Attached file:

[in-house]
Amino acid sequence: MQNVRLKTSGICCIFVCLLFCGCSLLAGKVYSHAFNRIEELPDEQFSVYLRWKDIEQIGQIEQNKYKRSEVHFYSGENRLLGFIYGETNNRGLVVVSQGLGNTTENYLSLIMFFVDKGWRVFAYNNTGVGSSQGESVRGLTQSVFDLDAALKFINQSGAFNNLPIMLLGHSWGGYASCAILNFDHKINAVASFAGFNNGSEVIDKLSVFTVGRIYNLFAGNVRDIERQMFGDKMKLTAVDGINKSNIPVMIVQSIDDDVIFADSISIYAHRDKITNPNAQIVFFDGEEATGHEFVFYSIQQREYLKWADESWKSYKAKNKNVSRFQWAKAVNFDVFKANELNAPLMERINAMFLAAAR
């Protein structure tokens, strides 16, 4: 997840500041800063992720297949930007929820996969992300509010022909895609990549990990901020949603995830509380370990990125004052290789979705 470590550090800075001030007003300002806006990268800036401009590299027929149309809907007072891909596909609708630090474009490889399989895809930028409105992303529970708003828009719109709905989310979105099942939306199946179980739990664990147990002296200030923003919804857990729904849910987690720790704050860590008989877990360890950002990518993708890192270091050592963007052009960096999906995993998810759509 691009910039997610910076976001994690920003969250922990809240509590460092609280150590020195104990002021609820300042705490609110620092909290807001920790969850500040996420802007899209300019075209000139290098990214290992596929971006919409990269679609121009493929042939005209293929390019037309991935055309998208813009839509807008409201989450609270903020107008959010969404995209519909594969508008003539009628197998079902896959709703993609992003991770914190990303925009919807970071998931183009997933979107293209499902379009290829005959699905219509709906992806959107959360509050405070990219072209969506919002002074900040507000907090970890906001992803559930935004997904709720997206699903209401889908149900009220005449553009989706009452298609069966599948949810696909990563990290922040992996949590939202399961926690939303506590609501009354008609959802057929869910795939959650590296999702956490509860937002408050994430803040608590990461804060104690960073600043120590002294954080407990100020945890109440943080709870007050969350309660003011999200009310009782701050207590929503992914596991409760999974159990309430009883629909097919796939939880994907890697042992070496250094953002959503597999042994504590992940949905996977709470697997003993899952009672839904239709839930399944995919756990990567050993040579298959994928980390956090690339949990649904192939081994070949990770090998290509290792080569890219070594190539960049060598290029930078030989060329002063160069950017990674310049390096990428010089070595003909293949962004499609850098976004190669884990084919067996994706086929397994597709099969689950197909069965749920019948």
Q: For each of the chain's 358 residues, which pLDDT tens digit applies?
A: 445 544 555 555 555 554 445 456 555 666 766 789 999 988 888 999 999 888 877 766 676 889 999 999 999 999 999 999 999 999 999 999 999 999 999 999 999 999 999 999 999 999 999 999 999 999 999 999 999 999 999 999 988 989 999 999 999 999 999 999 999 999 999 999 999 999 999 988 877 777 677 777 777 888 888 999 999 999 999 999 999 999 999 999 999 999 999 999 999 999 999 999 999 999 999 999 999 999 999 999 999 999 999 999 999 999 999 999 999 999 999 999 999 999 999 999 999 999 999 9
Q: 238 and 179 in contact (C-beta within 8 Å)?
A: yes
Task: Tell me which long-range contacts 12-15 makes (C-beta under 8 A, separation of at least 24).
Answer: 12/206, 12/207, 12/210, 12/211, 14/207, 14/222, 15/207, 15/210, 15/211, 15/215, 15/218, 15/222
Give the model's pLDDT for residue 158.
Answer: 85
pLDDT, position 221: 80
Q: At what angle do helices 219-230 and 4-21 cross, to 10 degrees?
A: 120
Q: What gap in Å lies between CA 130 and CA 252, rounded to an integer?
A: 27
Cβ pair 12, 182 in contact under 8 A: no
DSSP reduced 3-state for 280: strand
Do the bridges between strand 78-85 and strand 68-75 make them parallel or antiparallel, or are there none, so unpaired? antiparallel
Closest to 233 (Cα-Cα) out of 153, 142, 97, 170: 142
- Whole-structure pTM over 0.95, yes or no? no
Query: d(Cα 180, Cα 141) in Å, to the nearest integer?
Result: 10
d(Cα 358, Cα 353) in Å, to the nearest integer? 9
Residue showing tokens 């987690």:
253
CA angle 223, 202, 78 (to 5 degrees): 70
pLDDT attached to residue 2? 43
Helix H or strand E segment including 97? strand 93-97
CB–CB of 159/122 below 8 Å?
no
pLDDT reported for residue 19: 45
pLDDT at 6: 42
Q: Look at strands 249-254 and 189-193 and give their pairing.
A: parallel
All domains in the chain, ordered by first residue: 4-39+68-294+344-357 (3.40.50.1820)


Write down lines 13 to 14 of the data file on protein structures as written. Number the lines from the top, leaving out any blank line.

Q: At what angle do helices 219-230 and 4-21 cross, to 10 degrees?
A: 120